I am exhausted, but yet refreshed and energised at the same time. And Lucy created Clement Space beside me.

Photographs from Day 2:

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in sync – SYNC Day 1

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My autistic brain wanted to rearrange this, but my sensory overload just ate it instead.

Syncopating synchronicity. A homecoming. Returning to grace. Active, inspiriting, body-mind-soul connecting with intrinsic approbation.

Yesterday was the first of five days of rigorous physical andragogy. No, I am not training for a Iron Man, but it did feel like it to my old body, floppy with misuse and pushed beyond the limits, running helter skelter for purposes not directly beneficial to me.

I am one of a group of artists in the SYNC Leadership Programme, brought to Singapore by the British Council, Singapore International Foundation, Very Special Arts and collaborating supporters.

When an eclectic collection of highly-charged, dynamic and tenacious artists with disabilities cram into a small room together, a different kind of ‘normal’ is constructed. Our artistry is varied, each vastly dissimilar from the other, as are our personalities, backgrounds, styles and art forms. Yet, we are connected by the intoxicating electric charge of Artistry and all this encompasses in its multifaceted expressions.

The gruelling demands on my body were partially mitigated by the gastronomic infusions – plentiful, yet not so overwhelmingly lavish that my sensory brain is driven into a state of confused shock. Simple, straight forward and manageable abundance.

And I cannot describe with words right now how exquisitely, incorruptibly peaceful – yet almost Lucullan in its graceful gestures – this is to my soul. I am looking forward eagerly, despite the physical punishment, to the next few days. Scheherazade is rising yet again.

Sensory photos from Day 1.

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theatre & survival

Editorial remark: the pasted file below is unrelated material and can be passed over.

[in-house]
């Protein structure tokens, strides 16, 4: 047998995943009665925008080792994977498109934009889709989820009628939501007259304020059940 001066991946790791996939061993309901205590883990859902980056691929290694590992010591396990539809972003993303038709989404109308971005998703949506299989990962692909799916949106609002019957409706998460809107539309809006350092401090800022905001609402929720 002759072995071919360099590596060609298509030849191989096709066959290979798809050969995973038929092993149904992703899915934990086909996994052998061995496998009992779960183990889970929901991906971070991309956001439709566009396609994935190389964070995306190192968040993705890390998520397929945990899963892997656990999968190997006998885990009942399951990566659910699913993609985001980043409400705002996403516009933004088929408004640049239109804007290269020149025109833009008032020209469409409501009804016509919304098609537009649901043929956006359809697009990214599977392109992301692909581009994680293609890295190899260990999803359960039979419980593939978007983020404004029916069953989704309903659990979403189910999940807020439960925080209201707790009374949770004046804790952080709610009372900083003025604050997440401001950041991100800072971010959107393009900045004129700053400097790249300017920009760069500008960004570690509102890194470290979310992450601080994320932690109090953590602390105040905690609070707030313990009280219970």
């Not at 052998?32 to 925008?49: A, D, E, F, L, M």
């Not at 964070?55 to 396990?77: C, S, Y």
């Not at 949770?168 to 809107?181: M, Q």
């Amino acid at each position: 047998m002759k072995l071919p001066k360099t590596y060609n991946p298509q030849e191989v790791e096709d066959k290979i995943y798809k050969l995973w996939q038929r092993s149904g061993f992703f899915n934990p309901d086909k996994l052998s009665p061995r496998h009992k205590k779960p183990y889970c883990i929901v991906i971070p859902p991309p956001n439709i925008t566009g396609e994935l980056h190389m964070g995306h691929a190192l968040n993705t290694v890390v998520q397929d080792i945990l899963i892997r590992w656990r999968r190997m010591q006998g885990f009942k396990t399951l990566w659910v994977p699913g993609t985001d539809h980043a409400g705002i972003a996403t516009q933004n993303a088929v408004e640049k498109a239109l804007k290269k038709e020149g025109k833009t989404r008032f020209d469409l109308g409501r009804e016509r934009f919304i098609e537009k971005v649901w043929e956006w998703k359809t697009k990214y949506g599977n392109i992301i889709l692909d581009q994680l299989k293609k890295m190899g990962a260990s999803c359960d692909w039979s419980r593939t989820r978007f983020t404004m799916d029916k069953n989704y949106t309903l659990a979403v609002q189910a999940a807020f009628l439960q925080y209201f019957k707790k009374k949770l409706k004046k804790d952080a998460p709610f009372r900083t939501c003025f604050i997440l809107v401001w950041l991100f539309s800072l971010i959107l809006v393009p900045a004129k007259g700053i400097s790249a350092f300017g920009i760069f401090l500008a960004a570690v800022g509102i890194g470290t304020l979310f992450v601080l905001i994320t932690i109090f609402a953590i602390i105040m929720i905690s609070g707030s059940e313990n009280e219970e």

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Self Portrait – 2008.

Autistic ‘Masking’ is now at last being studied in earnest, and I am especially interested in the context of Autistic Women / female presenting Autistics. As far back as I can remember existing, I recall the consciousness of being different, an almost painful palpable awareness of the need to observe, learn, be vigilant and ‘on point’ in order to navigate the horrifying confusion of the ‘outer world’.

Growing up undiagnosed had its pros and cons. Whichever way it panned out, I am here today, and I am at last comfortable in my Beingness.

It’s funny how people’s perceptions of one can be so very different of one’s own – and for me, it is all about my Autistic Masking, my theatrical presentation of Self to Other, and the lack of empathic resonance of Other to Self. Empathy impairment does not belong solely to the autistic, though for too long this has been the dominant subjugating myth.

Some old friends refuse to believe I am Autistic. Even new friends, including a prominent brain scientist (not a neurosurgeon but a scientist studying the brain). Just because I do not present like Temple Grandin. That has me rolling in laughter, because their response is a reflection of how little they know me and how little they know autistic people and Autism (in the case of the brain scientist and other ‘experts’).

For other friends who did somehow grasp the edgy essence of my embodiment, my revelation of the diagnosis did come as a welcome ‘Aha!’ moment.